pvusd trustees

WATSONVILLE—Pajaro Valley Unified School District will continue its school resource officer (SRO) program—which pairs a uniformed police officer with a mental health clinician at two comprehensive high schools—while asking Watsonville Police Department and the Santa Cruz County Sheriff’s Office to share the cost.

The Board of Trustees agreed that the program—which has been running at Aptos and Watsonville high schools since May—should continue during its March 22 meeting.

The issue of placing a police officer on high school campuses was thrust into the spotlight in 2020, when the trustees eliminated the program, shifting the money instead to socio-emotional counselors. Their decision was swayed by members of the public, students and teachers who said that police presence on campus weighs heavier on non-white students and contributes to the so-called school-to-prison pipeline.

The Board reversed that decision one year later after a student was stabbed to death on the Aptos High campus. This time, the board elected to pair the officers with a mental health clinician. 

But because the officers that previously held the positions had been assigned elsewhere, it took time to restore them. PVUSD will bring the program to Pajaro Valley High School when WPD hires an officer.

District Student Services Director Ivan Alcaraz told the trustees that the program has been largely successful since it was implemented, with 76 referrals at Aptos High between Aug. 15 2022 and March 12. A referral is a request by a school administrator or someone associated with the school to address concerns such as bullying, truancy and peer conflicts.

They also respond to reports of crimes such as drug sales, possession or use and assault. The team at Watsonville High had 145 referrals, Alcaraz said.

Most of these referrals were for LatinX students—just over 63% at AHS and 93% at WHS, both of which match the demographics at the schools, Alcaraz said.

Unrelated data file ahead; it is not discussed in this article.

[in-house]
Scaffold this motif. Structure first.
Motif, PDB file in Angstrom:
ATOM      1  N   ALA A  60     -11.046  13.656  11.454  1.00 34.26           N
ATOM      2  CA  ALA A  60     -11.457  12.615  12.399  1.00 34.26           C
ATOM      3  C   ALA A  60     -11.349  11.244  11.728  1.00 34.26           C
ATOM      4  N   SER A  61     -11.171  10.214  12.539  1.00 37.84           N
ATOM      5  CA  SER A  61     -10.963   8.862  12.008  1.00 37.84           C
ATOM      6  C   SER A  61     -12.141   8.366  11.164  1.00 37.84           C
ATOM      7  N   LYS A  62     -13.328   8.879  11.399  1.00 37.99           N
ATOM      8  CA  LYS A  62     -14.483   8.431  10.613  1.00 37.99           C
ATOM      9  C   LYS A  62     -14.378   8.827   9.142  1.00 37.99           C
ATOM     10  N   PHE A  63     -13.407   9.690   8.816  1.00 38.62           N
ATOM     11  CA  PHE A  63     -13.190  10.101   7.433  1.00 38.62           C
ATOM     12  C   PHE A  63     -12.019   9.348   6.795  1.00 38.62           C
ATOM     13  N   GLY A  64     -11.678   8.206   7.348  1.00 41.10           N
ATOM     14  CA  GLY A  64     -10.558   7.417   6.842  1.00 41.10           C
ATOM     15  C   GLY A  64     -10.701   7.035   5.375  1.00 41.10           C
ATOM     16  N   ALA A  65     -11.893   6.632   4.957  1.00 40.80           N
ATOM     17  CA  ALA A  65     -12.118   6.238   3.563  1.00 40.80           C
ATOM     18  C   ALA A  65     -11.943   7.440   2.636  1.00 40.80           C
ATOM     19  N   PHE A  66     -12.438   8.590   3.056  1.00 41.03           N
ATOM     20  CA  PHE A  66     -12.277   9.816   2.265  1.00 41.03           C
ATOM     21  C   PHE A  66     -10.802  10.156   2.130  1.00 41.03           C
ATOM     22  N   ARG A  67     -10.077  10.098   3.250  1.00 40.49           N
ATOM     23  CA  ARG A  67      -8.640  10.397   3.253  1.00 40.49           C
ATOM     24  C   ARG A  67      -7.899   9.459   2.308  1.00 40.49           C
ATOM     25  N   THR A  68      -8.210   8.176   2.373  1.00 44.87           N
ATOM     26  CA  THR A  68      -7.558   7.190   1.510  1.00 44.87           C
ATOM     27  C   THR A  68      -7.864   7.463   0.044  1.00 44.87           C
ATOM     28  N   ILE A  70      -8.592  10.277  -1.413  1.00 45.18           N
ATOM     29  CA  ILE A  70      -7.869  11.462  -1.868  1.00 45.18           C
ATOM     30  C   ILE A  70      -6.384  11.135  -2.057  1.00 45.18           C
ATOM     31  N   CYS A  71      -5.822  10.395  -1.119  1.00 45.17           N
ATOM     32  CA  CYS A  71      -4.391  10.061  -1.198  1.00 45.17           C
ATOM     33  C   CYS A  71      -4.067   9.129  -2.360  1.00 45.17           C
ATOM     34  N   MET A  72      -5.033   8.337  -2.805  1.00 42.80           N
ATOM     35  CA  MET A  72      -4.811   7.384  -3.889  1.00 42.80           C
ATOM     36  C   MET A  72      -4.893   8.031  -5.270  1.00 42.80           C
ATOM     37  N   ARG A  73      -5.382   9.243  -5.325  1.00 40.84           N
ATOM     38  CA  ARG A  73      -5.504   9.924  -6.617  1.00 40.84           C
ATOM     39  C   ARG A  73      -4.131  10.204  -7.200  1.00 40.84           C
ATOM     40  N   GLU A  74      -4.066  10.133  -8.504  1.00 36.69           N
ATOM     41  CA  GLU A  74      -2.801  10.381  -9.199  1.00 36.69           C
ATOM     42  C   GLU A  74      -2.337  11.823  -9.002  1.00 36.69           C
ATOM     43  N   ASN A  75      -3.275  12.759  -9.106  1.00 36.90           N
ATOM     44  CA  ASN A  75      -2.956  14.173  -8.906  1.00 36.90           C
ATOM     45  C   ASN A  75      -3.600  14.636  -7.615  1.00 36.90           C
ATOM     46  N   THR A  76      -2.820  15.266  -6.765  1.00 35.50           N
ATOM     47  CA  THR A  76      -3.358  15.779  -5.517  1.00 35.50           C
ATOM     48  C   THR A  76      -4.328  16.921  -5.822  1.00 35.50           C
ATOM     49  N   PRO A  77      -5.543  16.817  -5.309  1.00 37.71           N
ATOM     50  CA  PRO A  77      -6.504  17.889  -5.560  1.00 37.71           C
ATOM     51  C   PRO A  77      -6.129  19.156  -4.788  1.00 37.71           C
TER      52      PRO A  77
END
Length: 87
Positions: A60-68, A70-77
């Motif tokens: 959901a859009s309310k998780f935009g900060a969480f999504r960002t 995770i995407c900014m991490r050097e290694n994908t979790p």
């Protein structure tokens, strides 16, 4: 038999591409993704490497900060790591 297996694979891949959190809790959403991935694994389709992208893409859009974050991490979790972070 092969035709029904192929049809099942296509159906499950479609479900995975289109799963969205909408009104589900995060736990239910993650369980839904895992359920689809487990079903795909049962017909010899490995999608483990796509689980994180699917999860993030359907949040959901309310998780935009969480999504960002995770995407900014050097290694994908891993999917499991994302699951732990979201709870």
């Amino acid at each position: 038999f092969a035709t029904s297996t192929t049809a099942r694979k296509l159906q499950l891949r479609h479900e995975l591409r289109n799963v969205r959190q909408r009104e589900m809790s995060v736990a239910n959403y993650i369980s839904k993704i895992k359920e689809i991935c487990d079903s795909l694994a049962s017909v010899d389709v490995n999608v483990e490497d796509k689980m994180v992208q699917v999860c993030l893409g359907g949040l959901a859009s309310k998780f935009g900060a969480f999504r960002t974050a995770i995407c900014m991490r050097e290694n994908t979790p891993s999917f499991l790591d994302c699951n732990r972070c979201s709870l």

Currently, the two mental health clinicians cost $343,833 annually, and two officers cost $342,474. When Pajaro Valley High gets its team, those numbers will rise to $507,487 and $526,474, respectively.

A handful of people addressed the board, most expressing their misgivings of using district resources to fund the program. 

“I would request that we not squander scarce education dollars on what could be a free service,” said Renaissance High teacher Chris Webb.

Watsonville Charter School of the Arts music teacher Bobby Marchessault questioned a survey in Alcaraz’s report that showed no negative opinions by students of the SRO program. 

He also questioned whether the district reached out to nonprofit groups such as Barrios Unidos for their input on having uniformed officers on campus.

“It really feels to me like there is zero interest from this district in hearing anything aside from what they want to hear to maintain the status quo,” he said. 

Watsonville Police Assistant Chief Thomas Sims says that, while the department supports the SRO program, and is up for having the discussion, the District’s cost sharing idea will not be a simple matter.

He explained that the department faces budget constraints and the same staffing shortages that police departments across the U.S. are facing.

“In a perfect world, if we were fully staffed and we had the two officers that the school district was paying for, then we would have that program up and running,” he said. “We just don’t have that staffing level to be able to support that.”

The item passed 6-0, with Trustee Oscar Soto absent.

Trustee Olivia Flores said that she made campus safety a key platform during her campaign for the 2022 election.

“We definitely have to make sure our students are protected,” she said. “I feel like the program we’ve created is unique, and it’s working.”

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General assignment reporter, covering nearly every beat. I specialize in feature stories, but equally skilled in hard and spot news. Pajaronian/Good Times/Press Banner reporter honored by CSBA. https://pajaronian.com/r-p-reporter-honored-by-csba/


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